Punakaiki cliffs and river mouth, West Coast, Sout(Photo: iStock)

Egmont National Park

Cascading, lush waterfalls, swamps and rainforests make the Egmont National Park one of the most picturesque locations to explore for eco-travellers in New Zealand. Oh, and the park is the home of a huge 120 000 year-old dormant volcano - Mount Taranaki.

Great to look at and even better to summit, the volcano and greater national park offer travellers lush rainforest and sub-alpine shrubbery (at higher altitudes) for the keen would-be botanist to appreciate. Some of the tree species you can expect to see include rata and rimu as well as totara and kaikawaka.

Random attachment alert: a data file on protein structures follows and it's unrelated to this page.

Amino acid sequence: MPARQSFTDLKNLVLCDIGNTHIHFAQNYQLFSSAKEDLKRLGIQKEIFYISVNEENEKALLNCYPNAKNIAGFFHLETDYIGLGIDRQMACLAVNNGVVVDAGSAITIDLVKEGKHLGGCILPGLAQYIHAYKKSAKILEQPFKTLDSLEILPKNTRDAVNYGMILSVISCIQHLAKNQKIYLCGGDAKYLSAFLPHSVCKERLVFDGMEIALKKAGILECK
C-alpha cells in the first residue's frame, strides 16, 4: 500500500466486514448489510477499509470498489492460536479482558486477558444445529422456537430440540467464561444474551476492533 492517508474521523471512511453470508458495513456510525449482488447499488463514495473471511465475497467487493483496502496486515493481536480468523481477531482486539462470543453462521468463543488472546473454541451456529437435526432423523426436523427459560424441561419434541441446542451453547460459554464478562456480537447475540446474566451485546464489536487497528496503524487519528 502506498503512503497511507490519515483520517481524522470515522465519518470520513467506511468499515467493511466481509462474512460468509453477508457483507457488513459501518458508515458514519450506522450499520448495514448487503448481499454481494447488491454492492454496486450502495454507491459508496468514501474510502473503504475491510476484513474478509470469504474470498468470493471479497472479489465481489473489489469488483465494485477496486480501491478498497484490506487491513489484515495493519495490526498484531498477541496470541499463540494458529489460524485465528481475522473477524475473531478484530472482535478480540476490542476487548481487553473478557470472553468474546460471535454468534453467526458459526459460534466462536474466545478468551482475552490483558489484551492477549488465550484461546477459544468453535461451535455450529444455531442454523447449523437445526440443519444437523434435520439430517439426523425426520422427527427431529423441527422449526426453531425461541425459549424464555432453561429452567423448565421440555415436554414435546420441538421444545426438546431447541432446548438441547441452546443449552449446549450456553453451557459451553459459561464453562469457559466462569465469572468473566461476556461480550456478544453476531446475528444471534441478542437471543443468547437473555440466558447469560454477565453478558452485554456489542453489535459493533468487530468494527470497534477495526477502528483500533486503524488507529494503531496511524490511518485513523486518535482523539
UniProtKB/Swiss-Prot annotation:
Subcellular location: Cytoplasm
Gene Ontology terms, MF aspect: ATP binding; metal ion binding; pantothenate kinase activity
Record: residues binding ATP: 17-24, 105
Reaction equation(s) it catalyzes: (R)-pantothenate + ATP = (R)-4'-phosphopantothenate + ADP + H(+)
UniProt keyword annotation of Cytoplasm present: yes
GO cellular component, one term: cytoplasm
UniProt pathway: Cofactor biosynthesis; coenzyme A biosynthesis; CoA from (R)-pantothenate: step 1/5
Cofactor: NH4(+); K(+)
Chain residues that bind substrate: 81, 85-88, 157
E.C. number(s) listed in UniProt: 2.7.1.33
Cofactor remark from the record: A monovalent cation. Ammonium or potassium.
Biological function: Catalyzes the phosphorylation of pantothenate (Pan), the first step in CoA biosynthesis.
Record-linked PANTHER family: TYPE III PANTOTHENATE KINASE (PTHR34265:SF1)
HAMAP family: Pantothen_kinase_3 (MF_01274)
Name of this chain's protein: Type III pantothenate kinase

rainforest on the slopes of Mount Taranaki in Egmo(Photo: iStock)

SEE: SA travellers affected as New Zealand plans to tax tourists, increase immigration and visa fees

Westland Tai Poutini National Park

For a cooler (literally) national park experience head to the Westland Ta Poutini National Park. Check out the glaciers that tower over the lowland rainforests that extend all the way to the Tasman Sea. The fast-moving (up to four metres a day is speedy for glaciers) Fox and Franz Josef glaciers are perhaps the biggest draw to this area. Other than that there are lakes, rivers and wetlands in the area that make this park well worth thoroughly exploring.

View of Fox Glacier as we hike towards it, summer,(Photo: iStock)

Kahurangi National Park